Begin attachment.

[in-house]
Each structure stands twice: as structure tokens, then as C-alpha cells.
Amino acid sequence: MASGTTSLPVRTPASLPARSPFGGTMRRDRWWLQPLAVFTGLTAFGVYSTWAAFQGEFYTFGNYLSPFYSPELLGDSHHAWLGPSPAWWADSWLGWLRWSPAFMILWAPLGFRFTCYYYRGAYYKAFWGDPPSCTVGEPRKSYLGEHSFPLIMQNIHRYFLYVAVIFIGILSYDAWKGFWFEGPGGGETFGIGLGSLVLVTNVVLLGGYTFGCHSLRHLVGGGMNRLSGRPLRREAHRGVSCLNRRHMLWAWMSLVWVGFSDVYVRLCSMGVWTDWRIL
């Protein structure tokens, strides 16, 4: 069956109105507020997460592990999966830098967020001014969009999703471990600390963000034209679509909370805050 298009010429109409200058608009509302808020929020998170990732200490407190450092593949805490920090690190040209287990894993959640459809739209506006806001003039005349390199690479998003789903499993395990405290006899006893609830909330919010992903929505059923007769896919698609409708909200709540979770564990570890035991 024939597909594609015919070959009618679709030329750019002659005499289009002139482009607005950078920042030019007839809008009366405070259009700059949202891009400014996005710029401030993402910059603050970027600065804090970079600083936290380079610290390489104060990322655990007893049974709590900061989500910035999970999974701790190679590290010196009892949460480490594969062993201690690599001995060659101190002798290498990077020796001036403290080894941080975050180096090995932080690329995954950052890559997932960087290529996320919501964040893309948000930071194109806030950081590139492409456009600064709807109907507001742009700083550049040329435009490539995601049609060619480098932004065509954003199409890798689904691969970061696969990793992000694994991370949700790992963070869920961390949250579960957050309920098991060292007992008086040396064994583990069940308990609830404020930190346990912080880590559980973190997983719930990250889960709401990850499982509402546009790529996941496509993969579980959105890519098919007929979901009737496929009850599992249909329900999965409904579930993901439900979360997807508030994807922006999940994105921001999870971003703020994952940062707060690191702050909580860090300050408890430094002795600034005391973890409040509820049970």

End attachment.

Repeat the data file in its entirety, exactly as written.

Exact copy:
[in-house]
Each structure stands twice: as structure tokens, then as C-alpha cells.
Amino acid sequence: MASGTTSLPVRTPASLPARSPFGGTMRRDRWWLQPLAVFTGLTAFGVYSTWAAFQGEFYTFGNYLSPFYSPELLGDSHHAWLGPSPAWWADSWLGWLRWSPAFMILWAPLGFRFTCYYYRGAYYKAFWGDPPSCTVGEPRKSYLGEHSFPLIMQNIHRYFLYVAVIFIGILSYDAWKGFWFEGPGGGETFGIGLGSLVLVTNVVLLGGYTFGCHSLRHLVGGGMNRLSGRPLRREAHRGVSCLNRRHMLWAWMSLVWVGFSDVYVRLCSMGVWTDWRIL
């Protein structure tokens, strides 16, 4: 069956109105507020997460592990999966830098967020001014969009999703471990600390963000034209679509909370805050 298009010429109409200058608009509302808020929020998170990732200490407190450092593949805490920090690190040209287990894993959640459809739209506006806001003039005349390199690479998003789903499993395990405290006899006893609830909330919010992903929505059923007769896919698609409708909200709540979770564990570890035991 024939597909594609015919070959009618679709030329750019002659005499289009002139482009607005950078920042030019007839809008009366405070259009700059949202891009400014996005710029401030993402910059603050970027600065804090970079600083936290380079610290390489104060990322655990007893049974709590900061989500910035999970999974701790190679590290010196009892949460480490594969062993201690690599001995060659101190002798290498990077020796001036403290080894941080975050180096090995932080690329995954950052890559997932960087290529996320919501964040893309948000930071194109806030950081590139492409456009600064709807109907507001742009700083550049040329435009490539995601049609060619480098932004065509954003199409890798689904691969970061696969990793992000694994991370949700790992963070869920961390949250579960957050309920098991060292007992008086040396064994583990069940308990609830404020930190346990912080880590559980973190997983719930990250889960709401990850499982509402546009790529996941496509993969579980959105890519098919007929979901009737496929009850599992249909329900999965409904579930993901439900979360997807508030994807922006999940994105921001999870971003703020994952940062707060690191702050909580860090300050408890430094002795600034005391973890409040509820049970």